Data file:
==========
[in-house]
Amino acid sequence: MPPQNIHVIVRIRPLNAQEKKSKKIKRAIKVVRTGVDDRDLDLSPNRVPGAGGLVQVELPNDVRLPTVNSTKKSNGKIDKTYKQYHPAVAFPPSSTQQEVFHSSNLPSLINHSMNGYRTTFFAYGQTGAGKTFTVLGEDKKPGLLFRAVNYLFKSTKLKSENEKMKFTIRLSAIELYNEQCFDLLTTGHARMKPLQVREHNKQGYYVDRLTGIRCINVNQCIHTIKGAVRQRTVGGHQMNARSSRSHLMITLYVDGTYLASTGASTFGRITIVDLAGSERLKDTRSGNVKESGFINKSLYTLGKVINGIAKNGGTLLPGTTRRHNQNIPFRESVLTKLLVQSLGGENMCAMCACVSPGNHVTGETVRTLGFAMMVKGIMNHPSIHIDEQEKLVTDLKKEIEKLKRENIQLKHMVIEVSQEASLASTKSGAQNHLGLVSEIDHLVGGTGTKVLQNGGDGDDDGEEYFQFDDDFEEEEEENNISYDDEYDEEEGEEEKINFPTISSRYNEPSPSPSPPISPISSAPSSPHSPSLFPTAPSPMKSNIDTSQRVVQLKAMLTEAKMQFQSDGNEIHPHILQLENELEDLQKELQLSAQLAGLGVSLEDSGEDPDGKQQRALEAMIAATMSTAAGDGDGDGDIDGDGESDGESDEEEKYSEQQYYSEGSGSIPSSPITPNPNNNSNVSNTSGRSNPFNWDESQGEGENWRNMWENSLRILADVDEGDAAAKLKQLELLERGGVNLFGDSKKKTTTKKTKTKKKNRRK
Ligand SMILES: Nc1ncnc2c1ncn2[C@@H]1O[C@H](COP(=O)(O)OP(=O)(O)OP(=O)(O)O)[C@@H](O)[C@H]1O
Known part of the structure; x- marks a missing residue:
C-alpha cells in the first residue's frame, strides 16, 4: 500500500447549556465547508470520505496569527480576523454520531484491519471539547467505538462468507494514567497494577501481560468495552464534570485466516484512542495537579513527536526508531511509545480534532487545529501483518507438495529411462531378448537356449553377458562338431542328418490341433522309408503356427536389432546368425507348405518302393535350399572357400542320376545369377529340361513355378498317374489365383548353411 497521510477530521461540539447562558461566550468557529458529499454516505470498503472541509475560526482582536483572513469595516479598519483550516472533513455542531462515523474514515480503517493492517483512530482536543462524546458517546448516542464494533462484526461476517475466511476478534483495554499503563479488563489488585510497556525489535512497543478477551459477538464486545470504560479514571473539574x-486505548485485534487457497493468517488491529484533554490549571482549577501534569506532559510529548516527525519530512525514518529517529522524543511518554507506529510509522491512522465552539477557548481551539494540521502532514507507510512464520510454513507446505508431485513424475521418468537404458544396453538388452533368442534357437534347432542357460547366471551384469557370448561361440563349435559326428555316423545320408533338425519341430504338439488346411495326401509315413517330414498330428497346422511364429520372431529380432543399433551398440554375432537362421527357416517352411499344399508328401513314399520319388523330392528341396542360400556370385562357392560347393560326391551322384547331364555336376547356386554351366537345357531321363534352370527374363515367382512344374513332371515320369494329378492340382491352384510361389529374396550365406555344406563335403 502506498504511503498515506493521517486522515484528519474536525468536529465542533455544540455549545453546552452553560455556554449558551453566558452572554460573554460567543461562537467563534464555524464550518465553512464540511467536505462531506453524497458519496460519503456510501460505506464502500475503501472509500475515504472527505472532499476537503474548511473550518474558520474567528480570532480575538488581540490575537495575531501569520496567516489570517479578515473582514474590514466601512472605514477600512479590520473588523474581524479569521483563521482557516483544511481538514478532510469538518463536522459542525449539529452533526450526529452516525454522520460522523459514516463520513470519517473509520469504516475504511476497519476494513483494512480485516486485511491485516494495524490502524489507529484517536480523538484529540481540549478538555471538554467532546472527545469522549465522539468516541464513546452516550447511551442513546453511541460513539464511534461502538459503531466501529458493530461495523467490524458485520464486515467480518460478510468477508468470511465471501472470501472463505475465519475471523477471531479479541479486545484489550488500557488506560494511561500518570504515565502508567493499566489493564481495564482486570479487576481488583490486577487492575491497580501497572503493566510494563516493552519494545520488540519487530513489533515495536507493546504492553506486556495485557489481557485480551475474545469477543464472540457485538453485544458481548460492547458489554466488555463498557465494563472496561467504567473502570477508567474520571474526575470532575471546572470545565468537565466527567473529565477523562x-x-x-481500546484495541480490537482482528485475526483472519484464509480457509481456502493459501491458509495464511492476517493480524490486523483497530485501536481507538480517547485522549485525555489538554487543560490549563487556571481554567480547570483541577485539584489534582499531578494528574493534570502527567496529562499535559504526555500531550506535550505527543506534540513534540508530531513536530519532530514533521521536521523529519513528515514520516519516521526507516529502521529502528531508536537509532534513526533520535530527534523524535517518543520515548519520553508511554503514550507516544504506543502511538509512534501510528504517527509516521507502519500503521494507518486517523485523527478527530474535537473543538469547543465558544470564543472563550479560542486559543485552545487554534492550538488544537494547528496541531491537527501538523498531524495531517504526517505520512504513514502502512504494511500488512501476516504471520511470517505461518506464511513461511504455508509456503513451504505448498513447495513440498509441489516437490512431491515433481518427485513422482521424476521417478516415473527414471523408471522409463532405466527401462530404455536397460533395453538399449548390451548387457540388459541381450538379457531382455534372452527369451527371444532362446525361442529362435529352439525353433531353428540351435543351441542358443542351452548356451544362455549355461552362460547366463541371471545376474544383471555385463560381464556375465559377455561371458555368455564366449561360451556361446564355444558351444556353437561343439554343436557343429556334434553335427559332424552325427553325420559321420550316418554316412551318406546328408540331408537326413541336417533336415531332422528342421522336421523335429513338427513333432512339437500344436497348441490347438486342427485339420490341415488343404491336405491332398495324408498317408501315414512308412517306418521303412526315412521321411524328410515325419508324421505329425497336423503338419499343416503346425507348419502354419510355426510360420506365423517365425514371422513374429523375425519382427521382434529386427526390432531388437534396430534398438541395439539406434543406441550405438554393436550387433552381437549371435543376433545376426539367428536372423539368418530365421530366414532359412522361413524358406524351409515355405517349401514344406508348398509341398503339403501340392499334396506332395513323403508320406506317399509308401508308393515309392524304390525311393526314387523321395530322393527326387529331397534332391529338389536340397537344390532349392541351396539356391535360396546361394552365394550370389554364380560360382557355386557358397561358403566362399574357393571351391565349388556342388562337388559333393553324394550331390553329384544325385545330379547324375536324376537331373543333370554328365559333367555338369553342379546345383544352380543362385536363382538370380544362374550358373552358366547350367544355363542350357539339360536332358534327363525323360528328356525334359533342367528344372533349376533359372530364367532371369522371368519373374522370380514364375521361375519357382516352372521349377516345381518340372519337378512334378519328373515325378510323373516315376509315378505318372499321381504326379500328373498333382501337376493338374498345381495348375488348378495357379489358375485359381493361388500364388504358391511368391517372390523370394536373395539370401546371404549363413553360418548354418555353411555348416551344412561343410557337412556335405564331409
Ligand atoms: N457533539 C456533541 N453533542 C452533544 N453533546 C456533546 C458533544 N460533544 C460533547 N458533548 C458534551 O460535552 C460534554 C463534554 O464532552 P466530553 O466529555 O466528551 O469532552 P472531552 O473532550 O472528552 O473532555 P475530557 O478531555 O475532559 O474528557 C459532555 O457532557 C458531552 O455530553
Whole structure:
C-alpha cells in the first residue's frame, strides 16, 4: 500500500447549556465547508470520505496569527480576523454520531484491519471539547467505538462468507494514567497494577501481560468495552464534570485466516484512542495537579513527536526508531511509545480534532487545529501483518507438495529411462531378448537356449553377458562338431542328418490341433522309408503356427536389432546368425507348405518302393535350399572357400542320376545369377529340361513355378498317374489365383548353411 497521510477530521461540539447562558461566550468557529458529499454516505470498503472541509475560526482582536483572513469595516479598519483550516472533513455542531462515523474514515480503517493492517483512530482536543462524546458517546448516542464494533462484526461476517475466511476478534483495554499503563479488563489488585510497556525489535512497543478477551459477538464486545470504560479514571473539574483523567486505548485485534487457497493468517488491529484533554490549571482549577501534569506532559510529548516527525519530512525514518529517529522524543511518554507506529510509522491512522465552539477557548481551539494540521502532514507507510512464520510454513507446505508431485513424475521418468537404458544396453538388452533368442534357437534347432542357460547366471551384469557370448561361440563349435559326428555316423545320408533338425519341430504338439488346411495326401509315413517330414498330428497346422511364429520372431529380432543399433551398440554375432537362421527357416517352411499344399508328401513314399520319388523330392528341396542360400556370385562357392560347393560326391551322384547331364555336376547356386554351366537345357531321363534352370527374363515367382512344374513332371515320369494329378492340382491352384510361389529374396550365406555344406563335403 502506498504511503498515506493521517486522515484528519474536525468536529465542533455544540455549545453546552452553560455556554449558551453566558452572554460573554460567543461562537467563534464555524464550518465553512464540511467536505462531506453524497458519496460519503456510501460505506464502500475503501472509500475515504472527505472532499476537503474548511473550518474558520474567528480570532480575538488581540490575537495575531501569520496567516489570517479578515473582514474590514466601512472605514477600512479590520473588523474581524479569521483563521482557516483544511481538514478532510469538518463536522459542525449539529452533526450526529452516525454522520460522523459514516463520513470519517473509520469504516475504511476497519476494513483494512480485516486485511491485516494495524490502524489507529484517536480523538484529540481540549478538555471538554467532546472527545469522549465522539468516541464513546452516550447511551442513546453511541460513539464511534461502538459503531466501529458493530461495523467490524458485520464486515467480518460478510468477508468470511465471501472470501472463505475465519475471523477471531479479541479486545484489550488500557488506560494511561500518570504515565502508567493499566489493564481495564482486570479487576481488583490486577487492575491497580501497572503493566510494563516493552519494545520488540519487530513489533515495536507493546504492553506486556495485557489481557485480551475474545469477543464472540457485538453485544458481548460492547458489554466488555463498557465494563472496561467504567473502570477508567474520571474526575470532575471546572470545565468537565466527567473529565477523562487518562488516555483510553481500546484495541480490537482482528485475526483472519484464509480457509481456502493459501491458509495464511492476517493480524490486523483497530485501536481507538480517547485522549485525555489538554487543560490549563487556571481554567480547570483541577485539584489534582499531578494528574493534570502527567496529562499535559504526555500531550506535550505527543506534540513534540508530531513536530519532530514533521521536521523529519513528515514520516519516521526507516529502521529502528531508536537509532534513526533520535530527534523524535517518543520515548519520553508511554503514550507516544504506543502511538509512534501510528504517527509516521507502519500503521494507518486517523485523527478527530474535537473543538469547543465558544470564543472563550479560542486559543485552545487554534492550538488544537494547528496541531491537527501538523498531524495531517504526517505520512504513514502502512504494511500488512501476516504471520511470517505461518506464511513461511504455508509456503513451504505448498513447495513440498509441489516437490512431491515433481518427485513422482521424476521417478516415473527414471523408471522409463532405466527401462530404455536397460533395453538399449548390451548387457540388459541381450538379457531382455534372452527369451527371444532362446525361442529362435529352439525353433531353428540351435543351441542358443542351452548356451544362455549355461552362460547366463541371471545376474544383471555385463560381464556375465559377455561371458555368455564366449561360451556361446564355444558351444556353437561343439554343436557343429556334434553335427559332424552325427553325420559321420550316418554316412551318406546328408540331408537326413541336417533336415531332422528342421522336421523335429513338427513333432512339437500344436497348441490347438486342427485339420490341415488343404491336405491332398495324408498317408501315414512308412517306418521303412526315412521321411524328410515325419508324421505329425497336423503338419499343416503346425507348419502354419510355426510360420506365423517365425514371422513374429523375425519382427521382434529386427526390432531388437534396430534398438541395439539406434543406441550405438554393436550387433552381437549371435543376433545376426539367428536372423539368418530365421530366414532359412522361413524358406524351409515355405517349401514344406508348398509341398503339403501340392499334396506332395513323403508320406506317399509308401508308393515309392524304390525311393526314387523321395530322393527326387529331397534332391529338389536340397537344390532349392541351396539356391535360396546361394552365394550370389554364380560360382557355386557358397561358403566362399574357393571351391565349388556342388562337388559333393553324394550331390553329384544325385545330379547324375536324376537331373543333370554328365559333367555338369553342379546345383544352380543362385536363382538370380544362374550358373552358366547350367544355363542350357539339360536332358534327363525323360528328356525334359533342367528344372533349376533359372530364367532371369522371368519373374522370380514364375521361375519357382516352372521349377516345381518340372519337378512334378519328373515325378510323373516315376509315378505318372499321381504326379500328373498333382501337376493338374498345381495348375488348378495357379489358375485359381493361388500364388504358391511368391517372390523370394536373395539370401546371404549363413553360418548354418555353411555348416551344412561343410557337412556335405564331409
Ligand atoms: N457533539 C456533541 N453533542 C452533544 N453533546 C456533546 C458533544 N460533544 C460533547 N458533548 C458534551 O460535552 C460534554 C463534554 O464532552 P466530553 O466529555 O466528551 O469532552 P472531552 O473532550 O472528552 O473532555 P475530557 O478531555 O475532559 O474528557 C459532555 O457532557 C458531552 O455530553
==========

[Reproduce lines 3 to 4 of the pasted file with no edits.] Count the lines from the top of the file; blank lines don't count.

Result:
Ligand SMILES: Nc1ncnc2c1ncn2[C@@H]1O[C@H](COP(=O)(O)OP(=O)(O)OP(=O)(O)O)[C@@H](O)[C@H]1O
Known part of the structure; x- marks a missing residue: